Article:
Anti-smoking laws have limited the number of places someone can smoke and thanks to new legislation, it will now be illegal to toss those cigarette butts anywhere you’d like.
HNGN reported that the new Illinois legislation will take effect on January 1, 2014.
Rockford Register Star reported that anyone who breaks the law will face up to $1,500 in fines, and that’s just for their first conviction.
Cigarette butts are the most commonly discarded pieces of waste worldwide according to Americans for Nonsmokers Rights, with an estimated 1.69 billion pounds of butts ending up as toxic waste every years.
HNGN reported that the new amendment to Illinois’s Litter Control Act, HB 3243 advocates that cigarette butts are a dangerous form of litter for the environment.
“Cigarette butts are not biodegradable,” Lori Gummow, executive director of Keep Northern Illinois Beautiful, said to the Rockford Register Star.
“They’re made of cellulose acetate, [a plastic]. They get stuck in storm water sewers, and birds eat them and can’t digest them. Run over them with a lawn mower, and they just puff out.”
Creating a law such as this is one thing, but actually enforcing it is another. In many cases, the no smoking within 15 feet of a public building law isn’t always enforced, so how will this new littering law hold up?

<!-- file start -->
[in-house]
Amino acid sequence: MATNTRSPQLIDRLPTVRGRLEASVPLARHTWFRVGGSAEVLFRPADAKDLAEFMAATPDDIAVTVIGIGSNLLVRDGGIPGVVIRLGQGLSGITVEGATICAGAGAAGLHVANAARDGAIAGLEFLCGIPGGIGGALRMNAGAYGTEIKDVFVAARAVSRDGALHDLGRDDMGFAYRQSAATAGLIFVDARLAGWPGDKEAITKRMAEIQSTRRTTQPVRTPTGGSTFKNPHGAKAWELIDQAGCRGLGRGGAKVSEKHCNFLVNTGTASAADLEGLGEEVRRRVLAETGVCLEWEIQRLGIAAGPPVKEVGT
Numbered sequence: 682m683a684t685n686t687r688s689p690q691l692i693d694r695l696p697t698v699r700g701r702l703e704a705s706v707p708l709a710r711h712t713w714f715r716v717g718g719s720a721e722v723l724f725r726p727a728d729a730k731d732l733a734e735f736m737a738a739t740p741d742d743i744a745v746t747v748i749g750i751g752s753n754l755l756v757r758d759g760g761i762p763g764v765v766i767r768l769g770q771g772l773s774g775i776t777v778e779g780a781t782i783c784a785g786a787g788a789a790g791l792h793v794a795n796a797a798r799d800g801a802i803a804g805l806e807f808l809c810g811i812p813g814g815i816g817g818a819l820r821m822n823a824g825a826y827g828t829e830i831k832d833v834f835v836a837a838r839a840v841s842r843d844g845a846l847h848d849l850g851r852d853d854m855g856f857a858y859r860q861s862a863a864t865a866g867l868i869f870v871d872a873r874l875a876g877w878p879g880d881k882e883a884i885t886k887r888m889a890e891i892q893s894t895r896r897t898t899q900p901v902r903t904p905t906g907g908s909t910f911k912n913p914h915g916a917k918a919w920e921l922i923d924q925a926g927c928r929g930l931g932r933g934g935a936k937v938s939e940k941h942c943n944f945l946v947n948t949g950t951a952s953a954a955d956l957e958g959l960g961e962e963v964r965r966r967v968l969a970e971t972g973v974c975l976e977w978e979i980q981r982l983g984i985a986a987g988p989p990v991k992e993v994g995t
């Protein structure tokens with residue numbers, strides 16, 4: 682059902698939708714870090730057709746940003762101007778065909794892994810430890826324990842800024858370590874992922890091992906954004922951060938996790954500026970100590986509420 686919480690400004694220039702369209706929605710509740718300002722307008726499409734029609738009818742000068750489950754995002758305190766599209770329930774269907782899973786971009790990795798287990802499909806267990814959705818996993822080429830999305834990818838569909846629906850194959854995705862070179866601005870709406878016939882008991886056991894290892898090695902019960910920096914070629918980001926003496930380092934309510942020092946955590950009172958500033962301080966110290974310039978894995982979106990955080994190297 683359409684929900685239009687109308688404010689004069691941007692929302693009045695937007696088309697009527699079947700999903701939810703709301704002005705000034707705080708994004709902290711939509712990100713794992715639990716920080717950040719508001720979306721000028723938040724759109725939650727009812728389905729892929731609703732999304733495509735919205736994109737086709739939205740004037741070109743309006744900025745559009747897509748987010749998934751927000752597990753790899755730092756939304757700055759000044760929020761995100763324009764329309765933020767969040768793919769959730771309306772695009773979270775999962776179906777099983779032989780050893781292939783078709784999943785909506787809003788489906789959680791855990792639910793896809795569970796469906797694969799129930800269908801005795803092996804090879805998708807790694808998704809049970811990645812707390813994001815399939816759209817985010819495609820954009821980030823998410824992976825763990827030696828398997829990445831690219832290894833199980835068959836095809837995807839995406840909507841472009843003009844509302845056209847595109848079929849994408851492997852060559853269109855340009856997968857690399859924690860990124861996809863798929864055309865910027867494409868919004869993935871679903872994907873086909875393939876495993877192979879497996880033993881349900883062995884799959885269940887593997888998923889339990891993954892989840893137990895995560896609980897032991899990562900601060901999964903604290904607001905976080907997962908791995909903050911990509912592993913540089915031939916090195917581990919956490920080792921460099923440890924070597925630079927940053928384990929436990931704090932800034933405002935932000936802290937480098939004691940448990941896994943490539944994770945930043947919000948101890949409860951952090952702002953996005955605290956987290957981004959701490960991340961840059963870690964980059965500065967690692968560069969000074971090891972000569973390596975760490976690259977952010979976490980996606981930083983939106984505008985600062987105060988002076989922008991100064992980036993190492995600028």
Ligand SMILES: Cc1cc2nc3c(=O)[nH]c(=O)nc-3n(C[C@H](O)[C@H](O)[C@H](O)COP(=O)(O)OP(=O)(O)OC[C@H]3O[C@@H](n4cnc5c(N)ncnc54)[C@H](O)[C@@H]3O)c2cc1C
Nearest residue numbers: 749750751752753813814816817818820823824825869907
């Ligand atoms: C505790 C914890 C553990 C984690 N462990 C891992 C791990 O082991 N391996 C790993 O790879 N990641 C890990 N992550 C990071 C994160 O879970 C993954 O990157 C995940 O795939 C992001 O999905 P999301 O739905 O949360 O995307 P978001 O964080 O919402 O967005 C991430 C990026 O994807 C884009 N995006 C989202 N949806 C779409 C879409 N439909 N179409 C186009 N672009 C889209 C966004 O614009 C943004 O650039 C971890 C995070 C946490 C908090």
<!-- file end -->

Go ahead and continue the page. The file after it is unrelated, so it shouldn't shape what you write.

Rockford Park District Police Sgt. John Piccolin said he has no problem enforcing the law.
“If I’m driving down the street and I see someone do that (flick a butt out the window), I would take enforcement action.”
A first time conviction is a class B misdemeanor with a fine not exceeding $1,500. A second conviction is a class A misdemeanor with fine not exceeding $1,500.
Third or subsequent convictions? That’s a class 4 felony, punishable by a fine of $25,000 and imprisonment not less than one year and not more than three years according to the Rockford Register Star.
The no smoking ban was a controversial law in itself, and this ban on cigarette butt littering could drudge up more controversy.